Krakow (Poland): The United Nations Educational, Scientific and Cultural Organization (UNESCO) recently includes Ahmebadad, a 600-year-old city, in World Heritage List. Ahmedabad becomes the first city in India and third in Asia to be inscribed in the World Heritage List. During the 41st Session of World Heritage Committee, 21 new sites have been inscribed, 18 cultural and three natural. After the inscription, the total number of sites on the World Heritage list became 1073. India has overall 36 World Heritage inscription with 28 cultural, seven natural and one mixed. India stands second largest in the number after China in terms of the number of world heritage properties in Asia-Pacific.
The walled city of Ahmedabad, on the eastern bank of Sabarmati River, has a rich architectural heritage. 28 ASI Centrally Protected Monuments are there in the city. The urban structures of the historic city of Ahmedabad are distinctive due to their puras (neighbourhoods), pols (residential streets), and khadki (inner entrances to pols) largely made of timber. The historic architecture reflects symbols and myths connected with its inhabitants. The urban fabric is made up of densely-packed traditional houses (pols) in gated traditional streets (puras) with characteristic features such as bird feeders, public wells and religious institutions. It is a unique example of multi-religious and multicultural coexistence. The city has architectural beauty in terms of its brilliant wooden havelis, intricately designed Jain temples, and mosques.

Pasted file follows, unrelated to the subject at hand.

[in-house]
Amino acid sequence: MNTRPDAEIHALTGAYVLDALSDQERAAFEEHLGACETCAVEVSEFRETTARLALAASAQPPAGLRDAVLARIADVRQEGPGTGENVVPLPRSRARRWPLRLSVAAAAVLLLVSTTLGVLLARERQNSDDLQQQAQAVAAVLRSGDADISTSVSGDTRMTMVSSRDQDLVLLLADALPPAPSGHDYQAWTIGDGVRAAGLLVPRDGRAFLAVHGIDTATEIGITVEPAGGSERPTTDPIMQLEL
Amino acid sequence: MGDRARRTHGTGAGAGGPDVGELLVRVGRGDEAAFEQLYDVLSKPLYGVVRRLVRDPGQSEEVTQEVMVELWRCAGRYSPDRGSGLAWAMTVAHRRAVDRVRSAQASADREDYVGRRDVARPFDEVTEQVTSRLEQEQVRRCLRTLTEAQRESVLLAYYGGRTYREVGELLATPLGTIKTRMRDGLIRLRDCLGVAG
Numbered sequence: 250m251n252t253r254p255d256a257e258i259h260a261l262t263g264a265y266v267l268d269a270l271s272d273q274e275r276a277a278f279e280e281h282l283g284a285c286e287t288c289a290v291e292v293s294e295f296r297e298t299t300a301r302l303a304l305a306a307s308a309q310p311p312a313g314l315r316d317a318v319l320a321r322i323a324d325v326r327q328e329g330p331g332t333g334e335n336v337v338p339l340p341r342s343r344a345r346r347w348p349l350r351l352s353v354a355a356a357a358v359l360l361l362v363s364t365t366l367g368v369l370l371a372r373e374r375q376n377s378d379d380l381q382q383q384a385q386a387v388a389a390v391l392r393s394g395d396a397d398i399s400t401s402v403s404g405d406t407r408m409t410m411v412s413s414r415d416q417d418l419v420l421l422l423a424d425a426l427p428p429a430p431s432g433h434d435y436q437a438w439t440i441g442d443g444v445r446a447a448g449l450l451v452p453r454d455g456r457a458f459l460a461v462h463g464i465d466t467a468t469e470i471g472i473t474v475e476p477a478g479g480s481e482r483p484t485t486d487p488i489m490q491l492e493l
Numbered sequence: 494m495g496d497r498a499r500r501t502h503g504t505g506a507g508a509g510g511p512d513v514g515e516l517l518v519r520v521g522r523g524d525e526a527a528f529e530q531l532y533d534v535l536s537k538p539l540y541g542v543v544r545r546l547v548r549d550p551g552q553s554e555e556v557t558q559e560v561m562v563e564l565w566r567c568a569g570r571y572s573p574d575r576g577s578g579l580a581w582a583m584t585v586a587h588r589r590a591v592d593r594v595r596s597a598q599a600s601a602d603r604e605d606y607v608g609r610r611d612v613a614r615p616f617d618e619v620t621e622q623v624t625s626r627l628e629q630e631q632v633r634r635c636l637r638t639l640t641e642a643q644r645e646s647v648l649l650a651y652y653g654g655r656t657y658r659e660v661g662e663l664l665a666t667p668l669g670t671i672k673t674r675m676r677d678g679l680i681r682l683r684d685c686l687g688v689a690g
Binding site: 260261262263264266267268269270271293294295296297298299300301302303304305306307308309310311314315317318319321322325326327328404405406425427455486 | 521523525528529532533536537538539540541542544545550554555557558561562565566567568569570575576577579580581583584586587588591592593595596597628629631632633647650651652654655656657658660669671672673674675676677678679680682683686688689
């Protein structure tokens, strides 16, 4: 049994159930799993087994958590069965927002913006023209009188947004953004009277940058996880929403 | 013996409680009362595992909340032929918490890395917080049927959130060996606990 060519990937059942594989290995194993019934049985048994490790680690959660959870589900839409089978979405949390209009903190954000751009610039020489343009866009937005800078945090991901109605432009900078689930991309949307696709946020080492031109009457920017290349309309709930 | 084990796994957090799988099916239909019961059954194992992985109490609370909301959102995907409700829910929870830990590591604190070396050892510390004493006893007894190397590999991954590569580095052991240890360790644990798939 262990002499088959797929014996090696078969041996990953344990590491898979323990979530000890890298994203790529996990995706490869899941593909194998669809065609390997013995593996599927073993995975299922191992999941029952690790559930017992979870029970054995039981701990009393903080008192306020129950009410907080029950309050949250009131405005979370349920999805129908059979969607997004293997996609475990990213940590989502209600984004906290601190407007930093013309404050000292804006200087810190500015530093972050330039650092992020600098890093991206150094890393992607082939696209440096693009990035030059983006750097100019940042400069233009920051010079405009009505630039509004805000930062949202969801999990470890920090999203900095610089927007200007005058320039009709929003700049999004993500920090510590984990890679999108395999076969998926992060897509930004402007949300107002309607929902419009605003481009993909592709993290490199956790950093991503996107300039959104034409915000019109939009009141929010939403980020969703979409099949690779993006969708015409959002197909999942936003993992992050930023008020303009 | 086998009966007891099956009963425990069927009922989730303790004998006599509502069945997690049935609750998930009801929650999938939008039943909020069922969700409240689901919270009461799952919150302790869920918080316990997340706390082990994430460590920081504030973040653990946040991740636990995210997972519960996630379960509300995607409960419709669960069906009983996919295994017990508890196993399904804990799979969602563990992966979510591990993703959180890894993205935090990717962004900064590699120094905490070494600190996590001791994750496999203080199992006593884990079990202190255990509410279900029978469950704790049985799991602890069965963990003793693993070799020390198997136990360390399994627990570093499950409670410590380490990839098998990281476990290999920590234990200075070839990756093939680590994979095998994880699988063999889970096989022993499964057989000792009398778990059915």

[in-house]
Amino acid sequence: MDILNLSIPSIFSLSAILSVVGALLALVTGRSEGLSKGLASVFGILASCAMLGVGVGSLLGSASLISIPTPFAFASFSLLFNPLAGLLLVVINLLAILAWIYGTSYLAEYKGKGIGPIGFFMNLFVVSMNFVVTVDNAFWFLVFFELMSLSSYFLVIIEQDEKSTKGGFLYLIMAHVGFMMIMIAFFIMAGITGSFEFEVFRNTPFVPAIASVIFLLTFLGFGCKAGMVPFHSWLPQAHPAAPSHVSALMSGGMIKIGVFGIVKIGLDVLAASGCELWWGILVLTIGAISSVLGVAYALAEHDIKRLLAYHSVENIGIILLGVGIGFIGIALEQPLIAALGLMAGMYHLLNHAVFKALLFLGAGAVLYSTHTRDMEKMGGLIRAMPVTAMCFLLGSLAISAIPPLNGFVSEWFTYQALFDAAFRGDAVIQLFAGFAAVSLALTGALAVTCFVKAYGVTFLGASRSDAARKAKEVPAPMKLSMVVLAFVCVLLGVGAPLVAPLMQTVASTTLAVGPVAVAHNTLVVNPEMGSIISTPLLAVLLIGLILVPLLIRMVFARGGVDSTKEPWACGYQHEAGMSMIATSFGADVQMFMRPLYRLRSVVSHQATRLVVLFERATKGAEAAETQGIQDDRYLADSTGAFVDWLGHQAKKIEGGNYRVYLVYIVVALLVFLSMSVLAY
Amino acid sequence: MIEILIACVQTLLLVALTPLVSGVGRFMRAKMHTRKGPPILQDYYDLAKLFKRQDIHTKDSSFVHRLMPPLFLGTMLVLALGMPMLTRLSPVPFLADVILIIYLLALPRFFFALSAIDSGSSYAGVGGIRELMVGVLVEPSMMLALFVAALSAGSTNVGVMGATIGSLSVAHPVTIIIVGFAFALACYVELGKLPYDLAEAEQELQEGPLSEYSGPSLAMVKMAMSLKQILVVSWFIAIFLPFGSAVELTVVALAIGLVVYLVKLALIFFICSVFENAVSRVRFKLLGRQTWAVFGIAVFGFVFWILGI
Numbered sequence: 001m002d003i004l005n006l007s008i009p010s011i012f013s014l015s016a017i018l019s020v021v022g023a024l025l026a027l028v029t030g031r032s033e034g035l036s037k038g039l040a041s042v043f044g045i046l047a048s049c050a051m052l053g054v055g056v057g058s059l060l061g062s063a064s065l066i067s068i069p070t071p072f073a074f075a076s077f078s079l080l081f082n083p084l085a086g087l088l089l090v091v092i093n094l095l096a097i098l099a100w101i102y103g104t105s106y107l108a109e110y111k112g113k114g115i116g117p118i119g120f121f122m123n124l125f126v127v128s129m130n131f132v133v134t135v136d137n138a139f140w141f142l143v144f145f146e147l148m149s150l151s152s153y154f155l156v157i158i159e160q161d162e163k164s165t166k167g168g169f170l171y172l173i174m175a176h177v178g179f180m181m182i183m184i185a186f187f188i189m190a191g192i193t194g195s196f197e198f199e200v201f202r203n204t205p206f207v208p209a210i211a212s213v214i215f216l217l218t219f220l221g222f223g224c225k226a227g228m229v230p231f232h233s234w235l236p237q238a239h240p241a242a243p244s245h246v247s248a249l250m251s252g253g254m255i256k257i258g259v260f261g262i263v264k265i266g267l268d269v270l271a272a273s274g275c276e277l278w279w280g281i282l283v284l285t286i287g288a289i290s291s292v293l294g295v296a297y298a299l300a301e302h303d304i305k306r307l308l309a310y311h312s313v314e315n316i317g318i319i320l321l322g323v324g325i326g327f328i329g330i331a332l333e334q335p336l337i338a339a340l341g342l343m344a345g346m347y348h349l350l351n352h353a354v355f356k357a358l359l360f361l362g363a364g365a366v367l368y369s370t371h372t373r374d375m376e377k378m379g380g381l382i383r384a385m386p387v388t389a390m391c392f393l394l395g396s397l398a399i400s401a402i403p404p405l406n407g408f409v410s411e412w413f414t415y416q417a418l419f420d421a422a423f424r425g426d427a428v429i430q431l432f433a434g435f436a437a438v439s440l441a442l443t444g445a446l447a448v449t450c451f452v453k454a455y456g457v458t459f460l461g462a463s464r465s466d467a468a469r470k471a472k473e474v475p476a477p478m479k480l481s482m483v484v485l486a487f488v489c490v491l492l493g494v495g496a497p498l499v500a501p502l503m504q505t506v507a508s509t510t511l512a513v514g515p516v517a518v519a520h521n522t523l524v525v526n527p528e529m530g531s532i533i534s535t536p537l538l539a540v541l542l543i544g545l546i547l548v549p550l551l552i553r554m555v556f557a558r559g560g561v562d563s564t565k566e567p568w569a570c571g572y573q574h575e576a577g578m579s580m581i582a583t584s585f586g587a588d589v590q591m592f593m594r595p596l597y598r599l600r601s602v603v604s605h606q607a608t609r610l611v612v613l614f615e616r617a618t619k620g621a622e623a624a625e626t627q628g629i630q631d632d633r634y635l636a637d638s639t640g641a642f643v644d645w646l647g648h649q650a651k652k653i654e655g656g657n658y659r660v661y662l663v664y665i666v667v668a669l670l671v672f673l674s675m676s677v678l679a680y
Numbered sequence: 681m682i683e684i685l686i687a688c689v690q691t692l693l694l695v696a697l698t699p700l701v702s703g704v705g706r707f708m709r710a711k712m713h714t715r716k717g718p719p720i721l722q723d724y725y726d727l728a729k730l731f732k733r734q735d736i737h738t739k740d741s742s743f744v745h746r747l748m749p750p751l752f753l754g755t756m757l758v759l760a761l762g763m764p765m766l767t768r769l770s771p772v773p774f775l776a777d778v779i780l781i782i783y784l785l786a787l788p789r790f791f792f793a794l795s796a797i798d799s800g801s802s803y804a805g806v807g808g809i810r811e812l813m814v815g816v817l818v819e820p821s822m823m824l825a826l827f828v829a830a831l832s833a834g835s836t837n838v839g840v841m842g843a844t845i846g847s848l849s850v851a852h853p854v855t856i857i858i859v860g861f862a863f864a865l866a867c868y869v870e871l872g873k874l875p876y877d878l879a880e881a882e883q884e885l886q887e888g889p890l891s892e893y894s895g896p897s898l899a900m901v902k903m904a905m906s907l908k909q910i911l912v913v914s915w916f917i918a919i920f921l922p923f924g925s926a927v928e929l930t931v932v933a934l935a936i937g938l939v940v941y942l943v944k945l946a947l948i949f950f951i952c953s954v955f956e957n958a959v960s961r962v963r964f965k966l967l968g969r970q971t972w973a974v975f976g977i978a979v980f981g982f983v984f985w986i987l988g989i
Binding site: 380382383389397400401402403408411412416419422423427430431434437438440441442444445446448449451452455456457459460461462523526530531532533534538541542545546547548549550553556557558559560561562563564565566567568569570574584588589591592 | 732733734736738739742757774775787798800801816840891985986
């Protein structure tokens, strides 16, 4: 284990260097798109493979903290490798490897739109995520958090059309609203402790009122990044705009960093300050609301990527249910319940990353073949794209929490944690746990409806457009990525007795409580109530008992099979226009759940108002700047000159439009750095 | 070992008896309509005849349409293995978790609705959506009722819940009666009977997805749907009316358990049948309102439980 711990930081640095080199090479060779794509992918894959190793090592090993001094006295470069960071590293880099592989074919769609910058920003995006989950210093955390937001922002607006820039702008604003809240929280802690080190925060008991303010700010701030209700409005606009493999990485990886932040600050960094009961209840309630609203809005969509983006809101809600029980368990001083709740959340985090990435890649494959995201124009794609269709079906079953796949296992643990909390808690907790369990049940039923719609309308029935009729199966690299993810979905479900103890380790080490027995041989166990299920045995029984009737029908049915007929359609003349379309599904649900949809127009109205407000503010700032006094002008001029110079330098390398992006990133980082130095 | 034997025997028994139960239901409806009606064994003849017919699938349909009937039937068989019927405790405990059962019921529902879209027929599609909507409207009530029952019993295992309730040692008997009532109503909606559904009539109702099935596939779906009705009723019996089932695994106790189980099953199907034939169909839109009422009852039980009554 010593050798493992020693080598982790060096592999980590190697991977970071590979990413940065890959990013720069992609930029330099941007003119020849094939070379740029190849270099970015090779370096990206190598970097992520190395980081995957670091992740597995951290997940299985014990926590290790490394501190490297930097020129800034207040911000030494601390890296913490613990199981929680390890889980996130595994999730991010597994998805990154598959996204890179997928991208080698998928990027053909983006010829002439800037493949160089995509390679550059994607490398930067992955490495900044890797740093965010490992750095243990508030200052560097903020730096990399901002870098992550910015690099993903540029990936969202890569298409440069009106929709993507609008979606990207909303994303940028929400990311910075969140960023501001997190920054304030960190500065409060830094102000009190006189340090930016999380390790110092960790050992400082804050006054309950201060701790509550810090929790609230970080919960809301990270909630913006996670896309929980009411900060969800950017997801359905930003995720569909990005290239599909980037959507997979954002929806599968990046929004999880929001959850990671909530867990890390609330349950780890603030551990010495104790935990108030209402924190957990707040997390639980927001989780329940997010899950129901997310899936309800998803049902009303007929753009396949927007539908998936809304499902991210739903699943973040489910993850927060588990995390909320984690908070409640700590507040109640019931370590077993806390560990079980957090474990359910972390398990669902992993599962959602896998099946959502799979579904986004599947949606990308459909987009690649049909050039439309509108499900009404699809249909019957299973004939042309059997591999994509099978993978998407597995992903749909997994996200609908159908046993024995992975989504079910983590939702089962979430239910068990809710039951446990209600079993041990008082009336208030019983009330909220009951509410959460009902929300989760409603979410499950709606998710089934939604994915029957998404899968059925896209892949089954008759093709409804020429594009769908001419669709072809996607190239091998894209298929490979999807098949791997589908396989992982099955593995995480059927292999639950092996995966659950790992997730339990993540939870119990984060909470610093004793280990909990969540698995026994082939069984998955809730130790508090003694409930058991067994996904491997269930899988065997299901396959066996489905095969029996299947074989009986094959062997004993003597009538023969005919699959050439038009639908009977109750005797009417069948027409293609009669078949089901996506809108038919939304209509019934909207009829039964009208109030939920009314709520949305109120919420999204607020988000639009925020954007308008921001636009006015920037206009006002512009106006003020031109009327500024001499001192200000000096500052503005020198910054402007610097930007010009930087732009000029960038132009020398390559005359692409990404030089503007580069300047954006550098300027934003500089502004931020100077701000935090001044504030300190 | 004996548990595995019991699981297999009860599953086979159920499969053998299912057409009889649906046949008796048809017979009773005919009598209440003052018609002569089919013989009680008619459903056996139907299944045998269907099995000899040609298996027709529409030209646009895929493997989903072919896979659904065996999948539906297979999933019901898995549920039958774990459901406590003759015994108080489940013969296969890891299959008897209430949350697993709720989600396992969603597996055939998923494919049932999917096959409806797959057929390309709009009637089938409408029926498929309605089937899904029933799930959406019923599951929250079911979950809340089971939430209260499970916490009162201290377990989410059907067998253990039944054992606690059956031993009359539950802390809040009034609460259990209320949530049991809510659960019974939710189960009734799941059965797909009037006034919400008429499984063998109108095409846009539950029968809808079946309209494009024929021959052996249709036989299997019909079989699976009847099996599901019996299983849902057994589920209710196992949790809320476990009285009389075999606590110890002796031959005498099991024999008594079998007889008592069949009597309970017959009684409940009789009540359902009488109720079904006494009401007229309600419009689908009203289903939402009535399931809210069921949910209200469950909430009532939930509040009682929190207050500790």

Ahmedabad has drawn its name from the Sultan Ahmed Shah in early 1400s. UNESCO lauded the historic city’s sultanate architecture, especially “the Bhadra citadel, the walls and gates of the Fort city and numerous mosques and tombs as well as important Hindu and Jain temples of later periods.” After the heritage city declaration, Municipal Corporation of Ahmedabad started its work on the heritage walk popularly known as ‘Mandir to Masjid’ commencing from Swaminarayan temple to Jama Masjid.